That electronic cigarettes are unapproved by the government and virtually unstudied has not deterred thousands of smokers from flocking to mall kiosks and the Internet to buy them.  And because they produce no smoke, they can be used in workplaces, restaurants and airports.  One distributor is aptly named Smoking Everywhere.

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The reaction of medical authorities and antismoking groups has ranged from calls for testing to skepticism to outright hostility. Opponents say the safety claims are more rumor than anything else, since the components of e-cigarettes have never been tested for safety.

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In fact, the Food and Drug Administration has already refused entry to dozens of shipments of e-cigarettes coming into the country, mostly from China, the chief maker of them, where manufacture began about five years ago.

. . . .

For $100 to $150 or so, a user can buy a starter kit including a battery-powered cigarette and replaceable cartridges that typically contain nicotine (though cartridges can be bought without it), flavoring and propylene glycol, a liquid whose vaporizing produces the smokelike mist.  When a user inhales, a sensor heats the cartridge.  The flavorings include tobacco, menthol and cherry, and the levels of nicotine vary by cartridge.

Even leaving aside whether the e-cigarettes are safe (it is worth noting that sales and use of them are illegal in Australia and Hong Kong on just such grounds), there is a significant danger that, with their ease of use, fruity flavors, and “coolness,” they may be especially appealing to children.

“It looks like a cigarette and is marketed as a cigarette,” said Jonathan P. Winickoff, an associate professor at the Massachusetts General Hospital for Children and chairman of the American Academy of Pediatrics Tobacco Consortium. “There’s nothing that prevents youth from getting addicted to nicotine.”

With big bucks on the line, there are countless interests urging the government to wait to act on e-cigarettes until the smoke clears.  The funny thing is that this time there’s no smoke.

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For a sample of related Situationist posts, see “The Changing Face of Marketing?,” Market Manipulation – Assuaging Cognitive Dissonance,” and “Without the Filter,” “Deep Capture – Part VII,” and “Promoting Smoking through Situation.”

Posted in Choice Myth, Food and Drug Law, Marketing | Tagged: , , , | 4 Comments »

The Situation of Political Disposition

Posted by The Situationist Staff on June 2, 2009

Public ToilietNicholas Kristof recently published a nice column, titled “Would You Slap Your Father? If So, You’re a Liberal,” discussing some of the situationist insights regarding the psychological antecdents of political inclination.   Here are some excerpts.

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If you want to tell whether someone is conservative or liberal, what are a couple of completely nonpolitical questions that will give a good clue?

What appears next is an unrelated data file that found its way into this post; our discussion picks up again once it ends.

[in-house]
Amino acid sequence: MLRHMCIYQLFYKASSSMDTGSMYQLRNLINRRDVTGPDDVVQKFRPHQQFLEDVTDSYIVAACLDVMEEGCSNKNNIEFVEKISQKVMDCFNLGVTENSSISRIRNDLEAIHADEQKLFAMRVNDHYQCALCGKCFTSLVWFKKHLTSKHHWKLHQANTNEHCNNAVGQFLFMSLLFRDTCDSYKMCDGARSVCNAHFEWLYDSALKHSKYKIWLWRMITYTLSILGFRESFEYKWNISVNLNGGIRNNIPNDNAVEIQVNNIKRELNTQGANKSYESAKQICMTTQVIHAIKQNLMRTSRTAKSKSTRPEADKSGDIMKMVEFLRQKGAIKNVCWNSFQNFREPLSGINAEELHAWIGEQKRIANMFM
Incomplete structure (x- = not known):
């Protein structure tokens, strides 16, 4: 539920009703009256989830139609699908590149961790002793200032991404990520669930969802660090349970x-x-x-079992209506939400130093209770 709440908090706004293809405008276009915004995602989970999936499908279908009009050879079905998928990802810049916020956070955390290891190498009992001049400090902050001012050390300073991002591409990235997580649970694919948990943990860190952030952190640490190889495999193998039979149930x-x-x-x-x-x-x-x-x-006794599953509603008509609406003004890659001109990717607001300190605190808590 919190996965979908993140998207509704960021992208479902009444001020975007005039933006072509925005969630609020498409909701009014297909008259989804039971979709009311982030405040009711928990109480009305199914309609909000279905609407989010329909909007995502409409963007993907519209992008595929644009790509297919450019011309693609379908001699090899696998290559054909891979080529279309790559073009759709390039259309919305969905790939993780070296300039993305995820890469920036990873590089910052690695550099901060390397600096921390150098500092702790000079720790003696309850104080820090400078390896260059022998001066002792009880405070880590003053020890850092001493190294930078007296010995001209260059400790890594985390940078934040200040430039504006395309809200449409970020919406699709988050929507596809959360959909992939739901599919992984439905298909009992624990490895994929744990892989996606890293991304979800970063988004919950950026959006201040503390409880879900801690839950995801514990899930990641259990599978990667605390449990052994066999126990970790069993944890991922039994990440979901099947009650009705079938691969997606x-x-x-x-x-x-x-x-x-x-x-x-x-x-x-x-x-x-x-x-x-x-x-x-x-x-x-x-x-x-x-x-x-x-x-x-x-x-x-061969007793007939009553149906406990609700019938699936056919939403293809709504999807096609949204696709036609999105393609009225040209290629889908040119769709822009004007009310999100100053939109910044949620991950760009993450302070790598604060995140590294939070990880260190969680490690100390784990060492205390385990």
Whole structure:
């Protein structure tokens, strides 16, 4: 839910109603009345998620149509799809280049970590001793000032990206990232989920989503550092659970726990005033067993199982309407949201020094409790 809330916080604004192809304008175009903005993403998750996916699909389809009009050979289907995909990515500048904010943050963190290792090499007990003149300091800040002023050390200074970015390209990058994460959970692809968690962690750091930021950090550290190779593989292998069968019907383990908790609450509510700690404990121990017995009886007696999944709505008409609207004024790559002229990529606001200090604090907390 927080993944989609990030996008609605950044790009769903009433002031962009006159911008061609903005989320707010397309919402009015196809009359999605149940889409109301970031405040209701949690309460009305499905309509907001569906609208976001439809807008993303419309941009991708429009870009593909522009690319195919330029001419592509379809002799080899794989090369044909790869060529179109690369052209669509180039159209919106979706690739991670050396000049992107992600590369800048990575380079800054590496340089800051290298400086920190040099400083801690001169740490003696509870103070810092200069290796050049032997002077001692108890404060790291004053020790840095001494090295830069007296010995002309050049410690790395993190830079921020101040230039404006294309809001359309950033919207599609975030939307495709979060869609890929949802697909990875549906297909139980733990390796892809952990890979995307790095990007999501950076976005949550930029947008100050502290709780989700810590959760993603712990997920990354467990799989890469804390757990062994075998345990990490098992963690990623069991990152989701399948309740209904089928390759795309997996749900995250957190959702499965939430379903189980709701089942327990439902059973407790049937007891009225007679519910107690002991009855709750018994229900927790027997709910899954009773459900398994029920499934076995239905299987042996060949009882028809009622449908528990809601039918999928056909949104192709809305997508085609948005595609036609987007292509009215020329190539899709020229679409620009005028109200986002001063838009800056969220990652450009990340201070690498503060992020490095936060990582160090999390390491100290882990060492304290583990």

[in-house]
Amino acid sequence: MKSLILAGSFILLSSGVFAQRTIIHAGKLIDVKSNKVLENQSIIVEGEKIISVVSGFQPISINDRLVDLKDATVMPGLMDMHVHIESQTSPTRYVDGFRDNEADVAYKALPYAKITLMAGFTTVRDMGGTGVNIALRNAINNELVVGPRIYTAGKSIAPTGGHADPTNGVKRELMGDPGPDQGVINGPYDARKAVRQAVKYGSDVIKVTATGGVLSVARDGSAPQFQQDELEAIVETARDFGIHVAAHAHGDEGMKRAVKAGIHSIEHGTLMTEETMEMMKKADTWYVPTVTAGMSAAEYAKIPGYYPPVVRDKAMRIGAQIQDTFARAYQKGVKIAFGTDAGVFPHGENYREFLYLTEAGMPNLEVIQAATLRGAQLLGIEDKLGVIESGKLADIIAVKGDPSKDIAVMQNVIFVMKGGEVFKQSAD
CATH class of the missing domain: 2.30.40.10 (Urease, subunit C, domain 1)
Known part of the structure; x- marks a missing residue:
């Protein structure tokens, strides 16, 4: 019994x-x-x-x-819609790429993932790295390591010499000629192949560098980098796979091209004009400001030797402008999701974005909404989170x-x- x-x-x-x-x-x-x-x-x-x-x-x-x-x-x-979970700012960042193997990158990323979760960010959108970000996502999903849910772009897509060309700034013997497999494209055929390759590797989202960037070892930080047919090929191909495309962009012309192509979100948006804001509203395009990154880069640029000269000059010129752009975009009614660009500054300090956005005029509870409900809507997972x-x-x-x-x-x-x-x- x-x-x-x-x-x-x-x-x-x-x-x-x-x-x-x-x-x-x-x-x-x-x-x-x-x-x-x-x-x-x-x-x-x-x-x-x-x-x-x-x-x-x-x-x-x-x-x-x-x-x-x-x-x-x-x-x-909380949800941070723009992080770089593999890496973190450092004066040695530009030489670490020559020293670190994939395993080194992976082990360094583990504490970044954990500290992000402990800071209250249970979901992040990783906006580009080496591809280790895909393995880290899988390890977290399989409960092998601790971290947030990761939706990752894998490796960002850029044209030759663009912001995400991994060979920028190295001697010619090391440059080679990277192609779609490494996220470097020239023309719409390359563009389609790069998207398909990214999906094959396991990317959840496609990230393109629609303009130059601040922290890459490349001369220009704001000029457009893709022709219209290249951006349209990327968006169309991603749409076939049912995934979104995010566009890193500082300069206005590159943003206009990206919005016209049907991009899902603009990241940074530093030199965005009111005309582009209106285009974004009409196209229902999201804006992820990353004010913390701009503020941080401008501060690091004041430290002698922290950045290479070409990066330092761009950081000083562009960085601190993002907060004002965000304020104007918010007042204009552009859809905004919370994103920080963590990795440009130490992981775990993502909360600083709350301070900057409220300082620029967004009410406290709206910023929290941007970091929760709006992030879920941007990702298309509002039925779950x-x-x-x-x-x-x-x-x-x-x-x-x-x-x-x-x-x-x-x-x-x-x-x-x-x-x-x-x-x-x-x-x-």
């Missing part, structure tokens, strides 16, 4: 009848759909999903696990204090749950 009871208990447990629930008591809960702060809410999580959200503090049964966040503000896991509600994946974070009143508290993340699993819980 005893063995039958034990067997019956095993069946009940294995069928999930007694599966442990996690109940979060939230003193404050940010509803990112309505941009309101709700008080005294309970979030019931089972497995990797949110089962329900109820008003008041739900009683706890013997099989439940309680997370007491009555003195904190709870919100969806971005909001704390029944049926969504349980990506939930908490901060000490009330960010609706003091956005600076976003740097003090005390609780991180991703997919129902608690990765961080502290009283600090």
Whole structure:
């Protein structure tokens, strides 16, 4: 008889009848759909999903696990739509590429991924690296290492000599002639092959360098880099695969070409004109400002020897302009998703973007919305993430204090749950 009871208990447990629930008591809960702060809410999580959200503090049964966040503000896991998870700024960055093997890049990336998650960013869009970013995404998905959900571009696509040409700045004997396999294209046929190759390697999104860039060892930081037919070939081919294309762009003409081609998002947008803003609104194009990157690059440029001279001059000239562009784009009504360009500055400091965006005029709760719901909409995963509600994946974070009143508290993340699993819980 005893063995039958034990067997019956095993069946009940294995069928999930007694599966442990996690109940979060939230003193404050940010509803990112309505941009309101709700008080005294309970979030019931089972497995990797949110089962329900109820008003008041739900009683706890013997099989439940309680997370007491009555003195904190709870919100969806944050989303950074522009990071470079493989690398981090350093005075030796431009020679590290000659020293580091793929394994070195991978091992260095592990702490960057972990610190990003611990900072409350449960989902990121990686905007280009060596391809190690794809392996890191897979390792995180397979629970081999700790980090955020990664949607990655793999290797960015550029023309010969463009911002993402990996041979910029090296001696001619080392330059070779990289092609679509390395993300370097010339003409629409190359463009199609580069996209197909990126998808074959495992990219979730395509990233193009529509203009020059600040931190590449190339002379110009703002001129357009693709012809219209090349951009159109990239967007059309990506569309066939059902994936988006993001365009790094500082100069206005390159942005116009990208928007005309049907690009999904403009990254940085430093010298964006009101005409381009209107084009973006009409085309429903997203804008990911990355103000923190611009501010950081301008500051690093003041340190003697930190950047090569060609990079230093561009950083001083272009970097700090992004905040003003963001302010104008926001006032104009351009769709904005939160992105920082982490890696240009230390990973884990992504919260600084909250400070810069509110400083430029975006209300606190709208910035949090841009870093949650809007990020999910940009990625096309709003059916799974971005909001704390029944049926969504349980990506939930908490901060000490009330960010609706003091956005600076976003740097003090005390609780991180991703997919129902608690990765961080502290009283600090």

How’s this: Would you be willing to slap your father in the face, with his permission, as part of a comedy skit?

And, second: Does it disgust you to touch the faucet in a public restroom?

Studies suggest that conservatives are more often distressed by actions that seem disrespectful of authority, such as slapping Dad. Liberals don’t worry as long as Dad has given permission.

Likewise, conservatives are more likely than liberals to sense contamination or perceive disgust. People who would be disgusted to find that they had accidentally sipped from an acquaintance’s drink are more likely to identify as conservatives.

The upshot is that liberals and conservatives don’t just think differently, they also feel differently. This may even be a result, in part, of divergent neural responses.

* * *

The larger point is that liberals and conservatives often form judgments through flash intuitions that aren’t a result of a deliberative process. The crucial part of the brain for these judgments is the medial prefrontal cortex, which has more to do with moralizing than with rationality. If you damage your prefrontal cortex, your I.Q. may be unaffected, but you’ll have trouble harrumphing.

One of the main divides between left and right is the dependence on different moral values. For liberals, morality derives mostly from fairness and prevention of harm. For conservatives, morality also involves upholding authority and loyalty — and revulsion at disgust.

Some evolutionary psychologists believe that disgust emerged as a protective mechanism against health risks, like feces, spoiled food or corpses. Later, many societies came to apply the same emotion to social “threats.” Humans appear to be the only species that registers disgust, which is why a dog will wag its tail in puzzlement when its horrified owner yanks it back from eating excrement.

Psychologists have developed a “disgust scale” based on how queasy people would be in 27 situations, such as stepping barefoot on an earthworm or smelling urine in a tunnel. Conservatives systematically register more disgust than liberals. . . .

It appears that we start with moral intuitions that our brains then find evidence to support. For example, one experiment involved hypnotizing subjects to expect a flash of disgust at the word “take.” They were then told about Dan, a student council president who “tries to take topics that appeal to both professors and students.”